In all three countries, independent NGOs face a difficult domestic funding landscape, particularly if they want to continue working on policy and rights issues. Activists have adopted different coping strategies. In Ethiopia, hundreds of organization decided to abandon rights-based programming and shift their focus toward politically neutral capacity-building and local service delivery in order to preserve their access to foreign support. A 2011 survey found that 70% of development NGOs and 44% of human rights organizations changed their mandates and activities in response to the government’s NGO regulations. For example, groups that previously worked on juvenile justice and child labor have moved toward providing direct support to vulnerable children.
Others have tried to raise money from domestic sources—often with limited success. Private sector donors in all three countries remain reluctant to fund civic activities that could attract the ire of state authorities. Accepting state funding, if available, risks compromising organizational independence. In Russia, the government has significantly expanded its support for domestic NGOs, yet the bidding process is opaque and generally favors apolitical or pro-government groups. A case in point: The Russian Orthodox Church has been one of the biggest beneficiaries in recent years, with church-affiliated groups receiving over $3 million between 2013 and 2015.
As a result, NGOs have had to increasingly rely on individual donations. Organizations that can draw on volunteers or complement their activities with income-generating work have generally proven most resilient; many nevertheless have had to scale back their work. Examples abound: In Egypt, prominent NGOs such as the Egyptian Initiative for Personal Rights has downsized its staff and doubled down on key priority areas, such as defending those detained and convicted under the country’s new repressive legal regime. Similarly, Ethiopia’s largest human rights monitoring organization, the Human Rights Council, was forced to close nine of its 12 branch offices and cut the number of field investigators from 17 to four, which has curtailed its ability to effectively collect and verify information about human rights abuses.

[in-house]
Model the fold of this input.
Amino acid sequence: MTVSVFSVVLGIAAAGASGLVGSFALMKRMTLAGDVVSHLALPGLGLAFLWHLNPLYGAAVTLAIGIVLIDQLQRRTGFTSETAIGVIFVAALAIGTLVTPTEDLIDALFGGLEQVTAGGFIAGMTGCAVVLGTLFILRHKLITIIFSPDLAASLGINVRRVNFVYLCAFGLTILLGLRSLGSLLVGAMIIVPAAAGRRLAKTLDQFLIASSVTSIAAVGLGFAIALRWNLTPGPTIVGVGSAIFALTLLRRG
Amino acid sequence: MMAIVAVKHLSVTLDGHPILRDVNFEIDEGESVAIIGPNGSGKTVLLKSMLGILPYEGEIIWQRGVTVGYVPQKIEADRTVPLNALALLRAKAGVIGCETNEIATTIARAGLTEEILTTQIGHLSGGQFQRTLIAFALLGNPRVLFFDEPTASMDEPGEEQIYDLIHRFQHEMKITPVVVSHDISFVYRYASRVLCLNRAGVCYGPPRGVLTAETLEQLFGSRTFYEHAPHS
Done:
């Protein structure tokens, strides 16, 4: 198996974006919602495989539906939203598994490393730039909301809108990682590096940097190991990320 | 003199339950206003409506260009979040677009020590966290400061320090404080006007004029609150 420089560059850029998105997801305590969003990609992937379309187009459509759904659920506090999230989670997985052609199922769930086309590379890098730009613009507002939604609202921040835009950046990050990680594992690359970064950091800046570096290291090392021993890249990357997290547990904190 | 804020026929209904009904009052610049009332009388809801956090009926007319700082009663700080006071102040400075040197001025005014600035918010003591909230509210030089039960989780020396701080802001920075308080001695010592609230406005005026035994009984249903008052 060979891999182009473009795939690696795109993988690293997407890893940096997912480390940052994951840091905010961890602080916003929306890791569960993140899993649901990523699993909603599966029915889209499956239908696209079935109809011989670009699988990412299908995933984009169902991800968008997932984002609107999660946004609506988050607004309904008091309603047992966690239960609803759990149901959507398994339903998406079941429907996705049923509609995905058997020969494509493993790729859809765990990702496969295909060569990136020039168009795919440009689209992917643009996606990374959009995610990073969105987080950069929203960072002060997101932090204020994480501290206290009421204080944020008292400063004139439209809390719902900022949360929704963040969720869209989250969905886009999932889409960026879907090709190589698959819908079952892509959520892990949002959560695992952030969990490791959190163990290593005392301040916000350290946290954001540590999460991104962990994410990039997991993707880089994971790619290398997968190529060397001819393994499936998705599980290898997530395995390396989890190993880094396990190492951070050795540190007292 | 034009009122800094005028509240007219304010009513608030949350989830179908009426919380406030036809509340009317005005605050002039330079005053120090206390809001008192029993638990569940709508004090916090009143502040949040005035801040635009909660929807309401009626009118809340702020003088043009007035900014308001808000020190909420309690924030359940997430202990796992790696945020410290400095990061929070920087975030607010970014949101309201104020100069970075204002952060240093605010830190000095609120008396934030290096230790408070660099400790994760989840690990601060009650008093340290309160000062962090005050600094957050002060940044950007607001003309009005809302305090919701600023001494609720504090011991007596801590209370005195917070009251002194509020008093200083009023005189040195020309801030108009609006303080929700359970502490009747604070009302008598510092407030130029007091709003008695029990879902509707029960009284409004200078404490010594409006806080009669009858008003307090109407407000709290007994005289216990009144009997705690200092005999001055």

Diminished Domestic and International Reach
In this context of shrinking resources and heightened harassment, activists struggle to forge new domestic and international partnerships and reach a broad audience with their work. Government restrictions often aim at undermining collaboration between civil society actors. For example, in Ethiopia, NGO regulations have weakened the role of umbrella organizations, which are no longer allowed to engage in advocacy work. In Russia, service-oriented organizations have become more wary of cooperating with NGOs that have been stigmatized as foreign agents, fearful that doing so my taint their reputation and threaten their access to state support.
Budget cuts and government pressure also impede cooperation with international counterparts. In Egypt, travel bans have repeatedly barred activists from traveling abroad. Between June 2014 and November 2016, Egyptian security services imposed at least 80 travel bans against lawyers, academics, and activists, often without formal justification. In addition, foreign researchers and staff have been prevented from entering the country, straining cross-border collaboration. For local activists, participating in international forums can also be life-threatening: In both Egypt and Ethiopia, for example, human rights groups have withdrawn their participation in Universal Periodic Review processes in fear of reprisals.
Lastly, government restrictions and smear campaigns disrupt NGOs’ access to policymakers and state institutions. Russian government officials have been discouraged from collaborating with blacklisted groups, putting an end to longstanding training programs and data-sharing efforts. For example, Moscow city authorities refused to prolong their lease agreement with the migrant rights NGO Civic Assistance Committee after the latter was labeled a foreign agent, and the Federal Migration Service stopped taking part in the group’s seminars. Other groups have faced barriers accessing schools and other public institutions, which undercuts their effectiveness and reach.
Beyond Human Rights Groups
Organizations that challenge entrenched political and economic interests have often borne the brunt of state harassment and repression. Yet in Russia, Egypt, and Ethiopia, the effects of shrinking civic space have been felt far beyond the narrow circle of human rights and pro-democracy groups.